Op-ed: Historic international tax agreement at the G-20 will eliminate destructive race to the bottom

Ursula von der Leyen, President of the European Commission, watches as Joe Biden gestures toward Turkish President Recep Takyip Erdogan. French President Emmanuel Macron greets Ngozi Okonjo Iweala (Director-General of WTO), at the G-20 Summit in Rome's convention center La Nuvola on October 30, 2021.
Leaders of the G-20 joined 136 countries to endorse an international tax agreement that will make the world's economy more equitable and more productive. This historic agreement will encourage workers to invest and increase productivity. It will also ensure that big and successful corporations are not exempt from tax. It also demonstrates America's diplomatic power to improve its leadership in the world.

Secretary Janet Yellen, along with the Treasury Department, negotiated an end of the global race for the bottom in corporate taxation. They established a global minimum tax on international earnings. Over the past four decades, each country, including the United States played a self-destructive game by trying to win the race to claim the lowest rate of tax to attract and retain business, only for other countries to quickly follow their lead.

Countries would reduce their corporate rates. This created tax havens which allowed some of the wealthiest businesses to avoid paying taxes in their home countries. This could damage the tax base in both the tax home and the home country. Although all countries would have been better to cooperate in order to ensure the lowest taxation, they each created a worse situation by acting alone.

This is what defines a race towards the bottom. There are no losers in a race toward the bottom. The United States' tax base declined rather than becoming more competitive. After the 2017 Tax Cuts and Jobs Act, corporate tax collections fell to 1% of their gross domestic product. Our country was unable to invest in its core components of economic growth, such as infrastructure, education and childcare, and research and development.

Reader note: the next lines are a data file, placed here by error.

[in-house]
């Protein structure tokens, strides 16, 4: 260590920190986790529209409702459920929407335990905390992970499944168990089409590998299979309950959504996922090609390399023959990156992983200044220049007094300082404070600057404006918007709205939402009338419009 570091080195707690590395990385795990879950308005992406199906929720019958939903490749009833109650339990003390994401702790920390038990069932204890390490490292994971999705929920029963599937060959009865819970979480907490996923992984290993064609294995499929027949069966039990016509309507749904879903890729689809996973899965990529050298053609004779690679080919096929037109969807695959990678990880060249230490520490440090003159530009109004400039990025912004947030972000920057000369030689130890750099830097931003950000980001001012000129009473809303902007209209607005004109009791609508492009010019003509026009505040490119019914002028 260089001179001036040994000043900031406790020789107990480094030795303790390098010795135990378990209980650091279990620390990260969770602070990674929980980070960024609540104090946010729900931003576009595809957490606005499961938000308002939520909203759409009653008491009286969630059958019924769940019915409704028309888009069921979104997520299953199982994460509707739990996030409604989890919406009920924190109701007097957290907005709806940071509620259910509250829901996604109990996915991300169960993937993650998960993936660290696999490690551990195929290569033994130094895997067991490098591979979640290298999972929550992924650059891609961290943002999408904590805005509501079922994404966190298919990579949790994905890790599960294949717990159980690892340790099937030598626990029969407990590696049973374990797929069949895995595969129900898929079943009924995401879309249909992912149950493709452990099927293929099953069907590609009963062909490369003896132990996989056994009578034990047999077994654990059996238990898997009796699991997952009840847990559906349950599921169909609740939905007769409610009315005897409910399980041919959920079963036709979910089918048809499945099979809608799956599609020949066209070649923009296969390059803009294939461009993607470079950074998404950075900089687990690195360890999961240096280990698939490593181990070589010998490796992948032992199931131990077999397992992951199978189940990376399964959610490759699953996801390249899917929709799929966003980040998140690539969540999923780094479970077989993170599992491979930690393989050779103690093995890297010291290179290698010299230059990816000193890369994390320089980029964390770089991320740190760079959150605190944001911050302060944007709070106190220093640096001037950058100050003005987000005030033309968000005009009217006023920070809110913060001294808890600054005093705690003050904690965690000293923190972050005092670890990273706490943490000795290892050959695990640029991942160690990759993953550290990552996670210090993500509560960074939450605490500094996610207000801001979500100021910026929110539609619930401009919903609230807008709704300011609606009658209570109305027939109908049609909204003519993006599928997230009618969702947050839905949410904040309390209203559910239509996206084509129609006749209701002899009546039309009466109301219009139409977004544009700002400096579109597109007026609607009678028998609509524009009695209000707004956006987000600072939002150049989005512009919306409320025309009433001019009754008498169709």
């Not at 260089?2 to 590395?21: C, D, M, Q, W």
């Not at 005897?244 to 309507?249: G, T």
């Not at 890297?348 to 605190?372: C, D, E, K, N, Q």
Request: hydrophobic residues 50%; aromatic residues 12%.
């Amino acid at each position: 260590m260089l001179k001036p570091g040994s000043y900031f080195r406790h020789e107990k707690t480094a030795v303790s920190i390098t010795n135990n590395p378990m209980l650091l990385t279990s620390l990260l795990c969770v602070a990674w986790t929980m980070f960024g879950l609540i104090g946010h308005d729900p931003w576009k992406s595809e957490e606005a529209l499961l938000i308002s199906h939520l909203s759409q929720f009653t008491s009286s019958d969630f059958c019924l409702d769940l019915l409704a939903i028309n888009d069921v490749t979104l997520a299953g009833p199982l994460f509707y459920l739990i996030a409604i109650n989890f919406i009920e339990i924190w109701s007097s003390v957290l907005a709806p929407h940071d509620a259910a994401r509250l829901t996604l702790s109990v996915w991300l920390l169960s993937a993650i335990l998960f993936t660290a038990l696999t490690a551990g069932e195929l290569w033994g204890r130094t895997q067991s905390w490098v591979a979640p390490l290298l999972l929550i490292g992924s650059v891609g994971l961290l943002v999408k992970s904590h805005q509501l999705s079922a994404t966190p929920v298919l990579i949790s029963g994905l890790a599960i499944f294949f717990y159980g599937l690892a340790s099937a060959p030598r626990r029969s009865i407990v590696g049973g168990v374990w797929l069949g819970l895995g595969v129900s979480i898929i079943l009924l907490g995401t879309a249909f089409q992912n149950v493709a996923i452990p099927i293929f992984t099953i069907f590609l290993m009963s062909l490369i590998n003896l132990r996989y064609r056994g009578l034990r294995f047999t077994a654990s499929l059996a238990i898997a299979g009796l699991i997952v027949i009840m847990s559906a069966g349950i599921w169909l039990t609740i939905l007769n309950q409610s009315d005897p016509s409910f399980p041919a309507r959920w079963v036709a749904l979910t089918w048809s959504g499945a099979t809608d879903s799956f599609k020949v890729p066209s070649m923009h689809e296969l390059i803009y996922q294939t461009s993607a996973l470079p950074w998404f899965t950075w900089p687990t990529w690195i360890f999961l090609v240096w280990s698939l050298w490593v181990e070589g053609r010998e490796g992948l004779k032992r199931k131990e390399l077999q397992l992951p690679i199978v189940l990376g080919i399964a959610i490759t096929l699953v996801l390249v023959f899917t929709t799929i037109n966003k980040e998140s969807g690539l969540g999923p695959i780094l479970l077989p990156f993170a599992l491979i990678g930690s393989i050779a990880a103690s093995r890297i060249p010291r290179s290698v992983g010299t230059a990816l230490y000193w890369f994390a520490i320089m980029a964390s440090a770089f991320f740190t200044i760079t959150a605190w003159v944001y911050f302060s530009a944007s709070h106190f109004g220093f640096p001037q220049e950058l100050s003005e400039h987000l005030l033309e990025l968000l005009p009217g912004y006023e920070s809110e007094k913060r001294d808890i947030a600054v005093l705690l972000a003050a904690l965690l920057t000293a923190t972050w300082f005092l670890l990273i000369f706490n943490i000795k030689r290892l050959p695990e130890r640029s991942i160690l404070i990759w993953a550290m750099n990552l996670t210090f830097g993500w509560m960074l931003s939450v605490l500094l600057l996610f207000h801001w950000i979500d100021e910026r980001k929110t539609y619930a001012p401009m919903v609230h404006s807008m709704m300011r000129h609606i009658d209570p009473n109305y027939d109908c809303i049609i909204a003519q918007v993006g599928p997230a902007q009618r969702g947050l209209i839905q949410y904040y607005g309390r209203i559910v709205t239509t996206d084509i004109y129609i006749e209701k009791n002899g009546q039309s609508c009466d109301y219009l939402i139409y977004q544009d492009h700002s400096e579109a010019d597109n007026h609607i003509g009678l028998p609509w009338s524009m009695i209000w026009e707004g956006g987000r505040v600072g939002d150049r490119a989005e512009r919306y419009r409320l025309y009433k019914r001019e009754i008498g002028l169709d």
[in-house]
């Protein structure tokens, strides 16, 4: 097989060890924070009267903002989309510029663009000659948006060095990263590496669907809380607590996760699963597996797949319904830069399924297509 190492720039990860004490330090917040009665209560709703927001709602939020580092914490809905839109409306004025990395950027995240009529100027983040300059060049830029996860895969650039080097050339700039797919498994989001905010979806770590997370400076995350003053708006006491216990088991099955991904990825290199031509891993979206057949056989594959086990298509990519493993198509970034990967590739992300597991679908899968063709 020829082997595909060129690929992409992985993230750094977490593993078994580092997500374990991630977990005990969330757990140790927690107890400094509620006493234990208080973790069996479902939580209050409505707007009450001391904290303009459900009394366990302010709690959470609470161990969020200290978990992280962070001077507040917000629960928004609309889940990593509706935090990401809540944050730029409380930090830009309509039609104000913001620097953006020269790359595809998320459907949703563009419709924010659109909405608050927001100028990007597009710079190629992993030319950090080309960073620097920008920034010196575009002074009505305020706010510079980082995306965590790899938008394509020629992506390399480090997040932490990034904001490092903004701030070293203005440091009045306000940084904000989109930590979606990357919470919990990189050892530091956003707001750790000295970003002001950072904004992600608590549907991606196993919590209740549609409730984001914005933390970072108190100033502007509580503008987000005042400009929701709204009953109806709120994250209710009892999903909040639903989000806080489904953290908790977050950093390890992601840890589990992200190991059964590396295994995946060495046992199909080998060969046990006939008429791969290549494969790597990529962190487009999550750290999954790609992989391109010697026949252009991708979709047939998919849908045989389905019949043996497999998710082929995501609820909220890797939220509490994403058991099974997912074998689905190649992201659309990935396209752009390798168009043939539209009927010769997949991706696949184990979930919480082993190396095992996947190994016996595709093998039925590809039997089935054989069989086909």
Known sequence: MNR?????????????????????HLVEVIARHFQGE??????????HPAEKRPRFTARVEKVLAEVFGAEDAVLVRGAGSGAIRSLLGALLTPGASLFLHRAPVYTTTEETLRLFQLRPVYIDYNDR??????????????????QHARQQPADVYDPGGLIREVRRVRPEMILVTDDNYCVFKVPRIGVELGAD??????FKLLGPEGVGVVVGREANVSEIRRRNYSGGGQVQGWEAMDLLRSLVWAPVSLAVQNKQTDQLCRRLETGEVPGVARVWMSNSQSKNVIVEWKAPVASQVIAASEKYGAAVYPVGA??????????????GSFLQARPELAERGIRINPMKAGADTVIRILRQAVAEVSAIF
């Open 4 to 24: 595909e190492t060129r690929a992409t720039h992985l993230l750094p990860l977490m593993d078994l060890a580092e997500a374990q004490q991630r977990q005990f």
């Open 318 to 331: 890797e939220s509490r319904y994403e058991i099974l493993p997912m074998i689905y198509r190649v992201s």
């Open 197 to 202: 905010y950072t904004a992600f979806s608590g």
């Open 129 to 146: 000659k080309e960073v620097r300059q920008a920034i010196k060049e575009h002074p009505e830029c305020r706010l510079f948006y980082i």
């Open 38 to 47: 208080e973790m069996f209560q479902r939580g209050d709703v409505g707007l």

This vicious race must end. The new global minimum tax, which is at least 15%, does not encourage nations to cut rates or undercut one another. Strong enforcement rules make it impossible. The nations will instead compete on the aspects of economic strength that will support growth for decades to follow: Are their workers skilled and educated? Are their supply chains modern and efficient? The United States will have a more competitive market and will be forced to compete with other countries on terms that will lead to greater productivity and growth. U.S. companies will no longer be the only ones subject to a minimum foreign earnings tax.

This deal is also a major diplomatic accomplishment. This agreement is a significant step in restoring U.S. leadership at the international stage. Allies and partners were notified by the close and continuous consultations regarding this agreement that an end had been drawn to a period of unpredictability and unilateralism. Instead, the Administration adopted multilateral leadership to improve the global economy and serve the interests of American working families.

Rarely does a group of 136 countries agree on anything. This is a positive example of cooperation between the world's nations that gives hope for other transnational problems, such as climate change and ending the pandemic. These issues can't be solved without multilateral involvement. However, this level of agreement on complex issues like international taxation is a sign that we can be optimistic about other seemingly difficult problems.

Although the international tax agreement was a significant achievement, Secretary Yellen and other leaders don't have the luxury to take a victory lap even if it is deserved. There is still much more to be done, and the stakes are higher than ever.

Only if there is action, can leadership be sustained on the international stage. The most important thing is that Congress act quickly to implement the agreement regarding the global minimum tax in its upcoming reconciliation bill. This will allow this historic foreign policy achievement and the investments it will support to begin flowing to the middle-class Americans who stand the greatest chance of benefitting.

From 2013 to 2017, Jacob J. Lew was the U.S. Treasury Secretary